Whatever form of money saving you choose, I think you should still save for retirement. It could be in the form of RRSP, company pension plan, a rental property, or others. It would be unwise to not plan for the future.
RESP (Registered Education Savings Plan)
If you have children, nieces, nephews, grandchildren, or care about any child’s future education, you should consider getting an RESP for that child. This is one of government’s program that you should not miss. You automatically get 20% grant from the government for each dollar you put in, up to $2,500/year (maximum grant of $500 annually). If you are in lower income household, you may qualify for additional benefit. And if you live in British Columbia, the provincial government has extra grant for you, called British Columbia Training and Education Savings Grant (BC TESP). Why would you not want to get the free money? Which investment program gives you at least 20% return guaranteed every year?
Anyone can open an RESP account for a child. If that child does not need the money for his/her post-secondary education (say he/she receives scholarship or decides not to go to school after high-school graduation), then
- your contribution would be returned to you,
- the government grant portion will be returned to the government, and
- the income that has been growing tax-free all these years can be withdrawn with additional tax paid. Alternatively, if you still have RRSP contribution room, you could transfer that income and avoid paying additional tax on it.
Personally, I think contributing to an RESP as a birthday gift (or Christmas gift or whatever the occasion is) is better than toys or stuff. 😊
There is more to the RESP program than what I can write (for example, how much can you contribute, can you catch up your contribution and still receive grant, etc.). You should do more research or talk to your financial advisor/ banking advisor to learn more about it.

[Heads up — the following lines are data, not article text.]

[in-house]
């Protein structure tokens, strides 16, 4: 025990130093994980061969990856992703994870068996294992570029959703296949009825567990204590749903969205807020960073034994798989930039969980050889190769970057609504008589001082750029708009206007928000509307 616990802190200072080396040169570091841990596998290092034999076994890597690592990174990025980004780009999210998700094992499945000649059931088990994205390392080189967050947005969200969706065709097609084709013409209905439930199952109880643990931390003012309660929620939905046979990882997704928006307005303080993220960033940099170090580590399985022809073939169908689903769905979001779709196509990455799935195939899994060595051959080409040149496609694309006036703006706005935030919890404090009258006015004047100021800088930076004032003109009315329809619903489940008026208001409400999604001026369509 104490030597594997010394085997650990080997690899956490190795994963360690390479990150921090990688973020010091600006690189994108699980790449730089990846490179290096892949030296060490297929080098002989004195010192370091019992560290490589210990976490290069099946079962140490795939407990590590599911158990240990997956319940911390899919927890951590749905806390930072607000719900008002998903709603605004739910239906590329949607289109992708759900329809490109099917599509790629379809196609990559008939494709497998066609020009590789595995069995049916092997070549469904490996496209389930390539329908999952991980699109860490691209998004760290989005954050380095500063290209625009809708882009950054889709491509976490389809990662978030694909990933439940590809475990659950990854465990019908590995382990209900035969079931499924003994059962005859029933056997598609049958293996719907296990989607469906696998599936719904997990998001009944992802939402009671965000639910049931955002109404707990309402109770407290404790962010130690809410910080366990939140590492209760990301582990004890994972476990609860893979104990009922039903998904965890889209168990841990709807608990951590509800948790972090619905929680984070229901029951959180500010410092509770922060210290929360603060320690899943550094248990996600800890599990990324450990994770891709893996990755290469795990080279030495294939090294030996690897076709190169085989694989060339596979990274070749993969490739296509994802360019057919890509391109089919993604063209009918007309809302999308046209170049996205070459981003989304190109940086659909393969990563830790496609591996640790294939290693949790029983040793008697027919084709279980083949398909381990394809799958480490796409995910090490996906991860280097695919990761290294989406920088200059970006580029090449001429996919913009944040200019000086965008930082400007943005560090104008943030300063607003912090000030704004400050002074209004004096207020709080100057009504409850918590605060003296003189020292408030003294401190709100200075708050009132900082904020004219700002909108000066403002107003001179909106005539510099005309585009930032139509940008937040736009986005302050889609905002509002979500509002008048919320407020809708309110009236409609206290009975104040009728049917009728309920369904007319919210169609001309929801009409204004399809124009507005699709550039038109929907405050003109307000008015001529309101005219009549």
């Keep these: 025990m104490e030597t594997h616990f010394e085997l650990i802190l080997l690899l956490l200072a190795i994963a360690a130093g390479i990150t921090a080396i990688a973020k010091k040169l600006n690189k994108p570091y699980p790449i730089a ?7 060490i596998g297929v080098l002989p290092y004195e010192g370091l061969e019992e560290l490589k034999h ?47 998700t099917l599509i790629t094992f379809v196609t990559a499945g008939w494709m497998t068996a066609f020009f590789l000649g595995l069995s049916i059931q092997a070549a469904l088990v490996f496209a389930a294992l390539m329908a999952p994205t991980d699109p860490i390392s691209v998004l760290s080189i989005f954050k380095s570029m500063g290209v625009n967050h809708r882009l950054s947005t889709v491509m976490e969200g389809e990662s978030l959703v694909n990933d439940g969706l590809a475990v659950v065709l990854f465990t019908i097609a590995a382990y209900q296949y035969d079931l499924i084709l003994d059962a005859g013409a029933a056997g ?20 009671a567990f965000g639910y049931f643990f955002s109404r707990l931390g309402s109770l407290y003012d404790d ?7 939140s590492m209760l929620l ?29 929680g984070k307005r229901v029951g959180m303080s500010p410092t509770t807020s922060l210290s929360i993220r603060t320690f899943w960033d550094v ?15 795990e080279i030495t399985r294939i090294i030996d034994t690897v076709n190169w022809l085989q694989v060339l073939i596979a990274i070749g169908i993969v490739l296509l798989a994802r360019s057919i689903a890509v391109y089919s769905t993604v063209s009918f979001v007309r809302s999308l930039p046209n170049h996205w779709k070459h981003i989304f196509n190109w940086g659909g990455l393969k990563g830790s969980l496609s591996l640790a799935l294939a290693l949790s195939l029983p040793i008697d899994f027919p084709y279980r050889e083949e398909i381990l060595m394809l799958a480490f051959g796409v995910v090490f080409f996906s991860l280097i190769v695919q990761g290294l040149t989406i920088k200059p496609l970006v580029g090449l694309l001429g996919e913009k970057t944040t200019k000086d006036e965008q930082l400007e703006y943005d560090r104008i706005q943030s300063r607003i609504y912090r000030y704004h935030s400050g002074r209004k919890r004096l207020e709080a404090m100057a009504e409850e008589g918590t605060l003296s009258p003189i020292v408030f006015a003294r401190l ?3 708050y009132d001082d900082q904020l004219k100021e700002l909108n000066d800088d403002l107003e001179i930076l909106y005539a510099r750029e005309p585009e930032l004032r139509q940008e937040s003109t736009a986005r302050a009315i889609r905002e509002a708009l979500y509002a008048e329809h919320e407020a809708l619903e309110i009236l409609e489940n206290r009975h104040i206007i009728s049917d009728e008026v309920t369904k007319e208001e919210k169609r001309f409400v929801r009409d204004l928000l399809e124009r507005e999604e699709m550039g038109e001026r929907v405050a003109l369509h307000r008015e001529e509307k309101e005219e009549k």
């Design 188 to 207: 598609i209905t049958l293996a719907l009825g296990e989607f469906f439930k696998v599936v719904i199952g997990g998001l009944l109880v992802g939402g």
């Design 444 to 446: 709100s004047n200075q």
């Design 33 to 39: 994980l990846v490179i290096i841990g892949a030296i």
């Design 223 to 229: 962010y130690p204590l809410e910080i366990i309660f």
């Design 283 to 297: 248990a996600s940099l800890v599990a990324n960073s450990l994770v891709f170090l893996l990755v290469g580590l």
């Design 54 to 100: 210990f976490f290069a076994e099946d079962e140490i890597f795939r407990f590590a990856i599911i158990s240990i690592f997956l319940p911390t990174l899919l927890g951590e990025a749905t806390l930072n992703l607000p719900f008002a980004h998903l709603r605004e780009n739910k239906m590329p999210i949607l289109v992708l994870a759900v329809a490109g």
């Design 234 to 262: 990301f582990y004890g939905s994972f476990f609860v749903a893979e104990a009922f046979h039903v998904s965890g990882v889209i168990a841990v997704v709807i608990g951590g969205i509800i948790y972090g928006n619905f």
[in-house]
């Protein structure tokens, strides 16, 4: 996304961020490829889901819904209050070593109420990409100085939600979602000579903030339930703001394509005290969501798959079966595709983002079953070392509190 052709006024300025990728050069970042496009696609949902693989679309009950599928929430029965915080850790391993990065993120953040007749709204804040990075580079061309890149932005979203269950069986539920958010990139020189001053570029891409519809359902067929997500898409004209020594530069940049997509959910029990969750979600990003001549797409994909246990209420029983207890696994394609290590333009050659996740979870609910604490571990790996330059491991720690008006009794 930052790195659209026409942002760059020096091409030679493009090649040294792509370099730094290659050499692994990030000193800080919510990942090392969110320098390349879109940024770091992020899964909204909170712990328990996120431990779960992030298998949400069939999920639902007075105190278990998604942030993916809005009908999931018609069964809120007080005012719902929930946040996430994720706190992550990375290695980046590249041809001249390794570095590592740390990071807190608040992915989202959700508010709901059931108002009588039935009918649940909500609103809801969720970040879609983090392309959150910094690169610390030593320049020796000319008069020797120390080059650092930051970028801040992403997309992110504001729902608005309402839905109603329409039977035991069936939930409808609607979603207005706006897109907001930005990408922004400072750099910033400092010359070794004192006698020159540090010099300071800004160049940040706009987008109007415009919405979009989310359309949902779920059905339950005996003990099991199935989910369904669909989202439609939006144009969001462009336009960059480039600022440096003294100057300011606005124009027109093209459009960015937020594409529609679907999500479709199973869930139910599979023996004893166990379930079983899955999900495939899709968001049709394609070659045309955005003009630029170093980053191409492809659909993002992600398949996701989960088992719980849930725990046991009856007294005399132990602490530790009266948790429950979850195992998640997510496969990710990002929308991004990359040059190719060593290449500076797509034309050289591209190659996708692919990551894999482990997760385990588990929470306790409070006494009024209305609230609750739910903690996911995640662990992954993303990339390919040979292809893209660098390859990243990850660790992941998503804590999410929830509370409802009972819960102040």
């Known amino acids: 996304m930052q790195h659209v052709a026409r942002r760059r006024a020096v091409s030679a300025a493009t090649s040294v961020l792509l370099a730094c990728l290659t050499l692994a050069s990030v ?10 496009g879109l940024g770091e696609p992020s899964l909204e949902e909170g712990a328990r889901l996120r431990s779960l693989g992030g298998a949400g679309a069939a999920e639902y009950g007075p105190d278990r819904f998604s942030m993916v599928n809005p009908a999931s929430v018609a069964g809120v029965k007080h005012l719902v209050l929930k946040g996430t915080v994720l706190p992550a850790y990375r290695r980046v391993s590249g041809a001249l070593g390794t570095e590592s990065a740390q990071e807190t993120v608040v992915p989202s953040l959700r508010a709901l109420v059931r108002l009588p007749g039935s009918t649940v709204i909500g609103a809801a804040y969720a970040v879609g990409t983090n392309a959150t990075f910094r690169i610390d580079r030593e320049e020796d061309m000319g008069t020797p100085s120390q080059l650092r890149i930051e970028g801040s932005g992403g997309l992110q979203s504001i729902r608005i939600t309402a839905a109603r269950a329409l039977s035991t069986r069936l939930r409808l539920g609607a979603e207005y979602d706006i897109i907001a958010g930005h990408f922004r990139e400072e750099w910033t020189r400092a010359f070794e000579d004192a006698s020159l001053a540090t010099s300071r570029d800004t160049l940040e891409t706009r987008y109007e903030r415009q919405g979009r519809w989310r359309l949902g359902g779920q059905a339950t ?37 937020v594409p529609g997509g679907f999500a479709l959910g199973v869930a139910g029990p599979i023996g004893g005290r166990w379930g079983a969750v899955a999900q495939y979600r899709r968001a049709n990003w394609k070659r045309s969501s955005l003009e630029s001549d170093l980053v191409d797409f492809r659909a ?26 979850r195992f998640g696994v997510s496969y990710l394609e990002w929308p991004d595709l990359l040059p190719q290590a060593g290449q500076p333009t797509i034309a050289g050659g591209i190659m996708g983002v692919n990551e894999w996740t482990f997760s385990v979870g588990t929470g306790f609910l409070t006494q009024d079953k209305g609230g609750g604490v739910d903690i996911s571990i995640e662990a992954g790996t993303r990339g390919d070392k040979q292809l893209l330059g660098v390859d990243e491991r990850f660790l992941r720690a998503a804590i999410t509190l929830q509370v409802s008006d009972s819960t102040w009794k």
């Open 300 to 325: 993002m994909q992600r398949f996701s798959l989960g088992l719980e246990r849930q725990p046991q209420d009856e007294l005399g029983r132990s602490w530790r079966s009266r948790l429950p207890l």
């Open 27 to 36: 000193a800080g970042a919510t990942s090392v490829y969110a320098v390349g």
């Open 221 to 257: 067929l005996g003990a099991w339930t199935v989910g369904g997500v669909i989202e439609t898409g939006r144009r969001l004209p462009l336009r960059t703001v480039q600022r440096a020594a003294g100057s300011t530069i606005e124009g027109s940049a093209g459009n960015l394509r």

RDSP (Registered Disability Savings Plan)
This program is not talked about as much as the other two (RRSP and RESP). Like its cousins, RDSP is also a tax-deferment plan and you may be eligible for government grant. This fund is meant to help those with disabilities (who are eligible for disability tax credit) with future financial needs such as medical and living costs. There is no limit on the amount you can contribute, but there is a limit on the grant received. The grant is more generous than RESP – 300%, 200% or 100% depending on the family income and the amount of contribution. If you are in the lower income household, you may qualify for additional benefit in the form of Canada Disability Savings Bond (CDSB).
Again, please do more research or talk to your financial advisor/ banking advisor if you would like to learn more.
Being a good steward with your money includes planning for your future. It would be foolish to think that someone else (or government) will take care of you, because nothing is certain. Government may run out of money, scrap the program, or increase age eligibility. Of course, we do not know what will happen, but this is even more reason why we need to plan. Pay down your non-secured debt first, then save for your future. The longer you let your investment grow, the more you will earn. This means the younger you start saving, the more your money will grow. Don’t forget to take advantage of government’s sheltered plan – RRSP, RESP, and/or RDSP.
For more help with reducing your money-related stress, contact me at (six zero four) 728-5139 or Effie[at]PrudentMoneyCoach[dot]com. Take advantage of my free first assessment meeting to see if we are a good fit.